Monday, December 31, 2012

That Other Season

I can hear the gardener's resolutions for the new year, redo this, move that, pick a theme, use more heat resistant plants, etc., etc.

Amaryllis Picotee began blooming the day after Christmas and because they were large bulbs will bloom for quite a while with more than one stalk.

The large bulbs really pay off in flower production.  The smaller Paperwhite Ziva bloomed very little and for a shorter period of time.

That's about it for my inside garden so it's time to get down to business and plan for a wonderful 2013 garden outside!

My garden is totally exposed this year with just a trace of snow so far.  Without snow a garden shows its bones and without bones and snow a garden can be very boring for almost half the year waiting for spring.

Miscanthus Little Kitten
 
Grasses that you can leave standing add greatly to the fall and winter garden along with Myrtle Blue Dart underneath.
 
Panicum Northwind
 
Pennisetum Hameln
A very short grass but pops back up as the snow melts
 
The above grasses even look good in the snow and will not flop until around March.
 
Miscanthus Udine
This is a beautiful four-season grass, however, a heavy snow will topple it.
 
Panicum Shenandoah
This is a smaller upright grass but will have trouble standing in a heavy snow.
 
Azalea Karen
I would plant more of these if I had the room!  The leaves are a rich burgundy all winter and do not curl in the cold like the Rhodies.
 
Heuchera Southern Comfort is sleeping in the cold but will perk up quickly when the temps are above freezing.
 
I am glad I left more flowerheads on Limelight Hydrangea this year, still had plenty for spraying and using dried indoors.
 
Liriope
A great groundcover especially when there is little snow, stays green until early spring
 
 
Will this be the winter without snow?  Probably not, but I am planning my garden to look more interesting even if it is bare down to the grass, groundcovers and mulch for that other season!


Duffy
He's getting bigger (almost ten pounds now) but that tongue is on everything!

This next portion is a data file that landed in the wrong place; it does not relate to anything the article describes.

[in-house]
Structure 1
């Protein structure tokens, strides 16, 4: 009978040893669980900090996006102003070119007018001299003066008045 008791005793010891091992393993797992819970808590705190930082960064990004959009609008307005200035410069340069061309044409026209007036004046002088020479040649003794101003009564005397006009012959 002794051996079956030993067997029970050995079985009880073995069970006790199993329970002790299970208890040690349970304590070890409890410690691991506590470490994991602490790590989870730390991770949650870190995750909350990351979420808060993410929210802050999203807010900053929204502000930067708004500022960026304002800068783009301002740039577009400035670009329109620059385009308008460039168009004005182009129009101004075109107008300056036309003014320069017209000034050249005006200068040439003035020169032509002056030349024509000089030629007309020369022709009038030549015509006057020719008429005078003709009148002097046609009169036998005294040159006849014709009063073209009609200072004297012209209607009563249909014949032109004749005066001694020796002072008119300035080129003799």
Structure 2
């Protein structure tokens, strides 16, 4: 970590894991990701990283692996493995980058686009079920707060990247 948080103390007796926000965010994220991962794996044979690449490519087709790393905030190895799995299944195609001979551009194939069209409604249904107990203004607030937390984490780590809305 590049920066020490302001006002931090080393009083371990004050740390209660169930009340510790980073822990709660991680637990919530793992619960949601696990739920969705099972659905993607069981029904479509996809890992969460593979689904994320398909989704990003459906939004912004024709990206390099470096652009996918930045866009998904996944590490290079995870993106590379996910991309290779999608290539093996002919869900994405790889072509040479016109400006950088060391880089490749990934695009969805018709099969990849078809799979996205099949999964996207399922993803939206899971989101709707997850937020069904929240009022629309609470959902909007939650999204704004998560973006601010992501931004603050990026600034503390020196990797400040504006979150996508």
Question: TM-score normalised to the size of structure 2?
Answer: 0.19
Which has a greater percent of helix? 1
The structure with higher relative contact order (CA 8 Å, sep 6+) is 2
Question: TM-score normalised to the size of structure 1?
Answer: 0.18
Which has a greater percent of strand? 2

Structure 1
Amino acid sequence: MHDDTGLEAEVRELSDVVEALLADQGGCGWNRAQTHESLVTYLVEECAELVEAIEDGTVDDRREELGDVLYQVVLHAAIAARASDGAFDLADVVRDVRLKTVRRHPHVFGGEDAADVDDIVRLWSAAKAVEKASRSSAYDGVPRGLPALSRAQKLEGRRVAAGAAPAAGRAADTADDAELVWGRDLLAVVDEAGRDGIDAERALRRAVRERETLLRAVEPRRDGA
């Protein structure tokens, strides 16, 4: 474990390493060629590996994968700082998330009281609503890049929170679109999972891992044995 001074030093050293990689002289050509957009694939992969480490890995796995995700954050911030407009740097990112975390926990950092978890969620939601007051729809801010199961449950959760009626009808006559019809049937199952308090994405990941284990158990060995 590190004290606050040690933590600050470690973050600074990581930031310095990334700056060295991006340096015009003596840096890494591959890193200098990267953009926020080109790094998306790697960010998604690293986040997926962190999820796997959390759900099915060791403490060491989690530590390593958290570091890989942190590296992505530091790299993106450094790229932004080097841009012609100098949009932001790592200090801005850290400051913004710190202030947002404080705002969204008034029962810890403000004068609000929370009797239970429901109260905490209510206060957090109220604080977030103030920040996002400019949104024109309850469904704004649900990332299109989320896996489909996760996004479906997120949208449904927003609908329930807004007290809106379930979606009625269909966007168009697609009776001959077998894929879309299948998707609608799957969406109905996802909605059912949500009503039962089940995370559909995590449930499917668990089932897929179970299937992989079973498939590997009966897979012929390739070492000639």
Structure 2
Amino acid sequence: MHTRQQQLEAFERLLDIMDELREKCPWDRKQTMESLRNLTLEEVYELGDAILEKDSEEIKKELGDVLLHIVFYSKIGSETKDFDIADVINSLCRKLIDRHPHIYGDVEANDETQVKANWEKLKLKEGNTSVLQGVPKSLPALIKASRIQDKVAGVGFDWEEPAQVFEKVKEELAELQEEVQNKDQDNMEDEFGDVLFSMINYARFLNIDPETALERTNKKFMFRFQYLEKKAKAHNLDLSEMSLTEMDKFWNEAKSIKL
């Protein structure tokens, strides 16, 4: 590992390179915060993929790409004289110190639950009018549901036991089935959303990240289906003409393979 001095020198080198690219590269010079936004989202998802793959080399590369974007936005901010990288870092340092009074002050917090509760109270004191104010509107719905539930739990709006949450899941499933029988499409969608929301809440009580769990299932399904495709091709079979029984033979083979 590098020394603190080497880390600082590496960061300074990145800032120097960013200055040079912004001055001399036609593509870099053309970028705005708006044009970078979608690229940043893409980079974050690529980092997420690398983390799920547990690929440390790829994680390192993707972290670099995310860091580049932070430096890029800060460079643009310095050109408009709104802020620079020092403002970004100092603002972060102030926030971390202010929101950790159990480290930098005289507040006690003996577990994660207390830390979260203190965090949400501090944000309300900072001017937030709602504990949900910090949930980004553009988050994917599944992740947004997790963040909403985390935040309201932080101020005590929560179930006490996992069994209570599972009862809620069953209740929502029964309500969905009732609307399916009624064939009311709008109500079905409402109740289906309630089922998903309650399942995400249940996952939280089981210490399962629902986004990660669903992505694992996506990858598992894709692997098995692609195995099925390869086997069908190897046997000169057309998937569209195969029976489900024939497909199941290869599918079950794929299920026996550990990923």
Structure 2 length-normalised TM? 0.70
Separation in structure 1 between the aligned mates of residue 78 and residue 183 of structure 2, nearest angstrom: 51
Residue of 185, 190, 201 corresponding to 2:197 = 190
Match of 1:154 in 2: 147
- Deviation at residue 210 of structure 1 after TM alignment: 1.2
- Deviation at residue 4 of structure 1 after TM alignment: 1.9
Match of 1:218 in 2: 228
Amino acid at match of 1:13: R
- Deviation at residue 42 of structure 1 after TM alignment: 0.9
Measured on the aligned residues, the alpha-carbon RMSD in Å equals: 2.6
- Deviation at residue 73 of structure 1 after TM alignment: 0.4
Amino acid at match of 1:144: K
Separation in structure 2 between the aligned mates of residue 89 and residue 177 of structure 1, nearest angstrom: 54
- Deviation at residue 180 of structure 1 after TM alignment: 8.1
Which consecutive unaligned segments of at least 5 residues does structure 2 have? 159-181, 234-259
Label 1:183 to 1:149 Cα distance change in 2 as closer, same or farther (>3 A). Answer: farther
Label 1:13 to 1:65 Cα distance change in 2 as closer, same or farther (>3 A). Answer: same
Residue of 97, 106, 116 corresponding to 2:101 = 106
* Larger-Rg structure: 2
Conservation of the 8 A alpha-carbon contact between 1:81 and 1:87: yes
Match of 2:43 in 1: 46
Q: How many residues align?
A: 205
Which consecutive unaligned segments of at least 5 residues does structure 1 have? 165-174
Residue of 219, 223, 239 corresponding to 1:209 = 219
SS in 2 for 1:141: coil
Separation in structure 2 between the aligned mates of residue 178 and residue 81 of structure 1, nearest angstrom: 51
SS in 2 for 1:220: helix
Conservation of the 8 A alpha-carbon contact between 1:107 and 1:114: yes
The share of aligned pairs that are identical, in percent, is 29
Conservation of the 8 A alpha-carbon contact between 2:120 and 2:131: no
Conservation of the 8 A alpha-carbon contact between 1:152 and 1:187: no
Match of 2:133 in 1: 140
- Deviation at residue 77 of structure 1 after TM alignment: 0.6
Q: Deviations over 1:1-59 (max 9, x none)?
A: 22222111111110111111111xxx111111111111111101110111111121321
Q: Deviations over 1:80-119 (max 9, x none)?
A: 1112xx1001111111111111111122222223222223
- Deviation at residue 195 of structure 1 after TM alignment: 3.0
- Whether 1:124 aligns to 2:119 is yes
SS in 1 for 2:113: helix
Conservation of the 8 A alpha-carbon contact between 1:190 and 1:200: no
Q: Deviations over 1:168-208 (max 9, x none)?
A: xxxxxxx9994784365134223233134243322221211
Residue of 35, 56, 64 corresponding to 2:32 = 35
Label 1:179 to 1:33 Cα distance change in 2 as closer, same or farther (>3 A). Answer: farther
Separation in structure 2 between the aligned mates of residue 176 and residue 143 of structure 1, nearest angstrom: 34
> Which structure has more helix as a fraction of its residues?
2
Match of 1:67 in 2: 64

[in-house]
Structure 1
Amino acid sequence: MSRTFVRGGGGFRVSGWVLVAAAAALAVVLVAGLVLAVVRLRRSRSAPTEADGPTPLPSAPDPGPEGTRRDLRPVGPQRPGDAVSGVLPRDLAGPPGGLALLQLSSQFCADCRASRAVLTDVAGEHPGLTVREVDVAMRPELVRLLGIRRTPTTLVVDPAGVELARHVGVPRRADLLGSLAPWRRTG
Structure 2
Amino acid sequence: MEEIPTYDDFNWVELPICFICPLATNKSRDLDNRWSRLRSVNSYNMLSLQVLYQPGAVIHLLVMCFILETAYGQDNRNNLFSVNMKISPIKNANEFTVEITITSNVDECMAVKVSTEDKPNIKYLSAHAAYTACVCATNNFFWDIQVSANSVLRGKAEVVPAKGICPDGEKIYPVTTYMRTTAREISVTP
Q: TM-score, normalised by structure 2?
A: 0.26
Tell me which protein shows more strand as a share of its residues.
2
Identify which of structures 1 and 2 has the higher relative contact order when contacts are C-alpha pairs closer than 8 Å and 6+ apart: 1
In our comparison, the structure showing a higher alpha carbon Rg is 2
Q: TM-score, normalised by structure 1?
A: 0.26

7 comments:

Beth said...

Hi Eileen, Duffy is just adorable! Your grasses provide great winter interest.

Leslie's Garden said...

Always planning for next year in the garden! I love your grasses. So many different seasons of interest. Hope you have a happy new year, and a great 2013 garden.

Larry said...

Hi Eileen... you have quite the collection of grasses! Ours were all knocked down by the large amount of snow this year... somewhere in the neighborhood of 2'. Your amaryllis is lovely... I decided to toss all my bulbs this year as I really didn't have the space and I have too many other projects going, to spend time dealing with too many indoor plants. The orchids are starting to bloom now but not nearly as nicely at this point as in other years... wishing you a great year! Larry

Lona said...

Oh I love the Picotee Amaryllis. Gorgeous! Duffy is really growing. What a cutie.

CanadianGardenJoy said...

Eileen girl Happy New Year !
I love how Duffy looks so cute : )
You and I love our grasses .. some of mine that should be large and mature , aren't because I have moved them around way too often .. but I will always be a fan of grasses .. they fascinate me .. I have tried to over winter a black mondo one .. we will see if it survived .. I hope so!
I can't do inside flowering plants .. the boys sneeze like crazy .. but I wish I could.
I am "thinking" of my garden changes for 2013 .. I need a new book in fact ! we do love planning eh ? LOL
Joy

Larry said...

Hi Eileen... I responded to your excellent comment regarding the book "The Layered Garden" on my site, but thought I would also place response here on your site as well...

I agree with your assessment of Mr. Culp's book completely. I find myself considering the photography for clues regarding how to apply his philosophy of gardening. I also find that to a great extent I am already doing a lot of the layering he recommends. The book does inspire me to consider ways that I could do even more of this sort of thing. I also find that he , in some cases such as the helebore garden (not the hillside), relies on surrounding gardens for the continuance of bloom. I suspect that he would say in many cases the foliage of the plants can be an aspect of the layered effect. To be honest, I find the photos to be the best part of the book as they offer a goodly amount of inspiration. I have been gardening so long that I have become stubborn about how I design my gardens and books like this one inspire me to continue to evaluate my work, but probably would never convince me to change my style which is the culmination of personal experience and preferences.
Larry

GRACE PETERSON said...

Your little puppy is so cute. I hope you get some snow soon. I love your winter interest garden and your indoor lovelies are gorgeous.

Happy New Year.